Advanced Learning at Montlake
Montlake Elementary Advanced Learning Plan
At Montlake Elementary, we have high expectations for all students, and we know that each will be challenged by the rigor and depth of our curriculum. To that end, Montlake follows an inclusion model in which teachers differentiate instruction for all students.
Current research shows that inclusion is generally best educational practice for all learners, including advanced learners, especially in math.
An inclusion model is also consistent with the Seattle Public Schools Strategic Plan focus on “undoing legacies of racism in public education.” The following are various strategies we use to meet the needs of all learners, including those identified as advanced either by their teachers or district testing.
Advanced Learning Opportunities (ALO) Math Strategies
Montlake utilizes the enVision Math 2020 curriculum, which builds conceptual understanding through a combination of problem-based and visual learning strategies. Teachers implement differentiated instruction in varied groups: whole class, small group, partners, and individual. Listed below are instructional strategies used at Montlake (note that not every strategy will be used in every classroom):
- Parallel Tasks. All students work on the same core content with tasks of different complexity.
- Curriculum Compacting. Use assessment to determine student skill level in a core content area. Then eliminate or enhance parts of the curriculum based on instructional need.
- Flexible Groups. Students are grouped by interest, achievement, activity preference, or specific instructional needs.
- Math Centers and Games. Activities in small groups based on student choice or teacher designation.
- Small Group Instruction. Teacher works with a small group of students on a targeted learning goal.
- Tiered Assignments. Adjusted degrees of difficulty of a question, task or product to match student’s current readiness level.
- Open Questions. A question framed in such a way that a variety of responses/approaches are possible.
- Targeted Questioning. Teacher is intentional about depth of questions asked. All students are asked questions that require critical thinking at a level that is challenging for them, and all students benefit from hearing their peers’ thinking.
ALO Reading Strategies
The strategies listed above are also adapted for use in reading instruction. We use a wide variety of reading materials from our classroom and school libraries, Junior Great Books, teacher read-alouds, and content area reading. Classroom groupings may include:
- Flexible Leveled Reading Groups (K-3). Utilizing the Collaborative Classroom curriculum, students are placed in groups by current reading level to ensure appropriate instruction and reading materials. Groups can change as students’ reading skills develop.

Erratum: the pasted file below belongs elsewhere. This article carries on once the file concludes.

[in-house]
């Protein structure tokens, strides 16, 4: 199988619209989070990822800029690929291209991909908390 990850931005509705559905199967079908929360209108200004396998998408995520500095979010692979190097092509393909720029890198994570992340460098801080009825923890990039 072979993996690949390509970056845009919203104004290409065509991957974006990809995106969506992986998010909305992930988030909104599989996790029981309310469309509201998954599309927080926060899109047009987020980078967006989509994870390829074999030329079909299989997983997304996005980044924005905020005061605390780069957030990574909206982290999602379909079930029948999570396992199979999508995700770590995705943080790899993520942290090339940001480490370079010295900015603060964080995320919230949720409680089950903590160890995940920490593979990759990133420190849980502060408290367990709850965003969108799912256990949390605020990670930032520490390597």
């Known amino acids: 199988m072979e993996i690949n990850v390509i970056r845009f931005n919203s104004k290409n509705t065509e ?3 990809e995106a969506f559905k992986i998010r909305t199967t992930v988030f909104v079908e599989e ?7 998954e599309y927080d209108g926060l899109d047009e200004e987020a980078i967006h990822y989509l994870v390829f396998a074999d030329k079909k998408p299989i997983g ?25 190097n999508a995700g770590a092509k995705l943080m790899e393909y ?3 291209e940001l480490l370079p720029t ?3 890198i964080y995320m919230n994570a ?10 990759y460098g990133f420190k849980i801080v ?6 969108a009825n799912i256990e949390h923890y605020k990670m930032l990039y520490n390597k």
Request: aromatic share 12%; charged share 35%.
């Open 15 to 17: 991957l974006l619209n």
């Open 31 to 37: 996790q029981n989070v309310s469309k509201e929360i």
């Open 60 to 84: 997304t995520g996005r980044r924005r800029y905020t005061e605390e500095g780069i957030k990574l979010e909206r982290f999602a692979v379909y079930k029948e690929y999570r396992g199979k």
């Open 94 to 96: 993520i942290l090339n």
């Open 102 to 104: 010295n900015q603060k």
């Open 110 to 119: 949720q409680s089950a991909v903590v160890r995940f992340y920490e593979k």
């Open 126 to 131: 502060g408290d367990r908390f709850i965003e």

- Literature Groups (3-5). A group of students read the same book. They ask peer questions, discuss major themes, study vocabulary, and analyze author’s purpose and style.
- Independent Reading. Each student will have an opportunity for self-selected reading during the school day to develop reading fluency and get in the habit of reading.
- Support for Students in Selecting Appropriate Books. Teacher will guide students in choosing just-right books for independent reading. (Criteria include instructional level, high-interest reading, and student choice.)
Teachers may also use the following differentiated approaches to support the ALO Reading Strategies above:
- Reading Logs. Students keep a reading record to allow both student & teacher to monitor choices.
- Independent Book Study Projects. Opportunities for students to explore a topic of interest to them.
- Book Reports (2-5). Depth of student analysis and comprehension is appropriate to student reading level.
- Response to Literature. Opportunities for students to demonstrate understanding by using text to make connections and support thinking. Projects could include art, drama, writing, reports or other presentations.
- Extension Menus. Developed in conjunction with members of a grade level team, students choose an option from a predetermined “menu” of options (or propose an alternate option) that allows them to demonstrate and extend their learning.
- Genius Hour. Students choose a topic of their choice, research it, and create an innovative project and presentation using the Genius Hour model. Past topics have included video games, learning sign-language, designing buildings, starting businesses, and changing the world.